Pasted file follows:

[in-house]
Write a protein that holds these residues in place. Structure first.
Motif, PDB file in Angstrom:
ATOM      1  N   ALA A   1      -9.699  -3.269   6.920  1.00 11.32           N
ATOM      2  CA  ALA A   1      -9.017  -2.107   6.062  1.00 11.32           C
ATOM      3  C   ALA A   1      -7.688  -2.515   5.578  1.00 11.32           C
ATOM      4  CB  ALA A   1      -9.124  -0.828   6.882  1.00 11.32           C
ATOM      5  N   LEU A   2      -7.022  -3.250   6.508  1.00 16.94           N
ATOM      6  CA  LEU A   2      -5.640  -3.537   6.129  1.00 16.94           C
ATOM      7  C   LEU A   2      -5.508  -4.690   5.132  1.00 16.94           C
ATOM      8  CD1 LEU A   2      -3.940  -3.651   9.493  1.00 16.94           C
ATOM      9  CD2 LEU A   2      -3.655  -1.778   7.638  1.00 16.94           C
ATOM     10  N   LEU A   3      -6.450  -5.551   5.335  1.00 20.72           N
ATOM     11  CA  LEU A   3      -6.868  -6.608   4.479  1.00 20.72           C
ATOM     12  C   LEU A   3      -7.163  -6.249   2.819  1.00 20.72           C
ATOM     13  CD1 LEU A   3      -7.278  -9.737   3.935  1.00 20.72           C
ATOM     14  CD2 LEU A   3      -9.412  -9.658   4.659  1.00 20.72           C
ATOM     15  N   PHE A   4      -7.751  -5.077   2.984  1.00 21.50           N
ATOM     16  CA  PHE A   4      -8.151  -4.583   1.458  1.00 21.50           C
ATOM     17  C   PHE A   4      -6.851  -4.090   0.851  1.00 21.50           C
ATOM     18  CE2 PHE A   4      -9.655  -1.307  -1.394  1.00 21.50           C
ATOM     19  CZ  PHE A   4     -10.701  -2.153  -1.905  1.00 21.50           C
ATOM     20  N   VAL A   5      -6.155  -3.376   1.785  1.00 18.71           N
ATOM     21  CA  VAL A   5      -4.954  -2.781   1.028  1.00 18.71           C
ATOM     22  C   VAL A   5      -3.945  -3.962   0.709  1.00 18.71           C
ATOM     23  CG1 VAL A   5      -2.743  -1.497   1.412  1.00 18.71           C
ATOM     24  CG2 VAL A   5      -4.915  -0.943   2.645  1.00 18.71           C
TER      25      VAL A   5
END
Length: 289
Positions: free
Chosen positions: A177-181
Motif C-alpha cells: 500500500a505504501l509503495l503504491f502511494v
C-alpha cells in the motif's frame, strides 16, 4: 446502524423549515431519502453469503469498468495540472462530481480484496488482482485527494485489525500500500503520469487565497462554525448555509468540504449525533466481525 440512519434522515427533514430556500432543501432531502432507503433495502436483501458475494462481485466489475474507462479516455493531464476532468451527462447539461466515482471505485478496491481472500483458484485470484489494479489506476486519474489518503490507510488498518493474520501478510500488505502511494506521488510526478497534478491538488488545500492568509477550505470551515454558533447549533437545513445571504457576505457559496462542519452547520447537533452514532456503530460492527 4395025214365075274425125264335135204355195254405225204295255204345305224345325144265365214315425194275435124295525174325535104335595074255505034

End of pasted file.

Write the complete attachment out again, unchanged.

[in-house]
Write a protein that holds these residues in place. Structure first.
Motif, PDB file in Angstrom:
ATOM      1  N   ALA A   1      -9.699  -3.269   6.920  1.00 11.32           N
ATOM      2  CA  ALA A   1      -9.017  -2.107   6.062  1.00 11.32           C
ATOM      3  C   ALA A   1      -7.688  -2.515   5.578  1.00 11.32           C
ATOM      4  CB  ALA A   1      -9.124  -0.828   6.882  1.00 11.32           C
ATOM      5  N   LEU A   2      -7.022  -3.250   6.508  1.00 16.94           N
ATOM      6  CA  LEU A   2      -5.640  -3.537   6.129  1.00 16.94           C
ATOM      7  C   LEU A   2      -5.508  -4.690   5.132  1.00 16.94           C
ATOM      8  CD1 LEU A   2      -3.940  -3.651   9.493  1.00 16.94           C
ATOM      9  CD2 LEU A   2      -3.655  -1.778   7.638  1.00 16.94           C
ATOM     10  N   LEU A   3      -6.450  -5.551   5.335  1.00 20.72           N
ATOM     11  CA  LEU A   3      -6.868  -6.608   4.479  1.00 20.72           C
ATOM     12  C   LEU A   3      -7.163  -6.249   2.819  1.00 20.72           C
ATOM     13  CD1 LEU A   3      -7.278  -9.737   3.935  1.00 20.72           C
ATOM     14  CD2 LEU A   3      -9.412  -9.658   4.659  1.00 20.72           C
ATOM     15  N   PHE A   4      -7.751  -5.077   2.984  1.00 21.50           N
ATOM     16  CA  PHE A   4      -8.151  -4.583   1.458  1.00 21.50           C
ATOM     17  C   PHE A   4      -6.851  -4.090   0.851  1.00 21.50           C
ATOM     18  CE2 PHE A   4      -9.655  -1.307  -1.394  1.00 21.50           C
ATOM     19  CZ  PHE A   4     -10.701  -2.153  -1.905  1.00 21.50           C
ATOM     20  N   VAL A   5      -6.155  -3.376   1.785  1.00 18.71           N
ATOM     21  CA  VAL A   5      -4.954  -2.781   1.028  1.00 18.71           C
ATOM     22  C   VAL A   5      -3.945  -3.962   0.709  1.00 18.71           C
ATOM     23  CG1 VAL A   5      -2.743  -1.497   1.412  1.00 18.71           C
ATOM     24  CG2 VAL A   5      -4.915  -0.943   2.645  1.00 18.71           C
TER      25      VAL A   5
END
Length: 289
Positions: free
Chosen positions: A177-181
Motif C-alpha cells: 500500500a505504501l509503495l503504491f502511494v
C-alpha cells in the motif's frame, strides 16, 4: 446502524423549515431519502453469503469498468495540472462530481480484496488482482485527494485489525500500500503520469487565497462554525448555509468540504449525533466481525 440512519434522515427533514430556500432543501432531502432507503433495502436483501458475494462481485466489475474507462479516455493531464476532468451527462447539461466515482471505485478496491481472500483458484485470484489494479489506476486519474489518503490507510488498518493474520501478510500488505502511494506521488510526478497534478491538488488545500492568509477550505470551515454558533447549533437545513445571504457576505457559496462542519452547520447537533452514532456503530460492527 4395025214365075274425125264335135204355195254405225204295255204345305224345325144265365214315425194275435124295525174325535104335595074255505034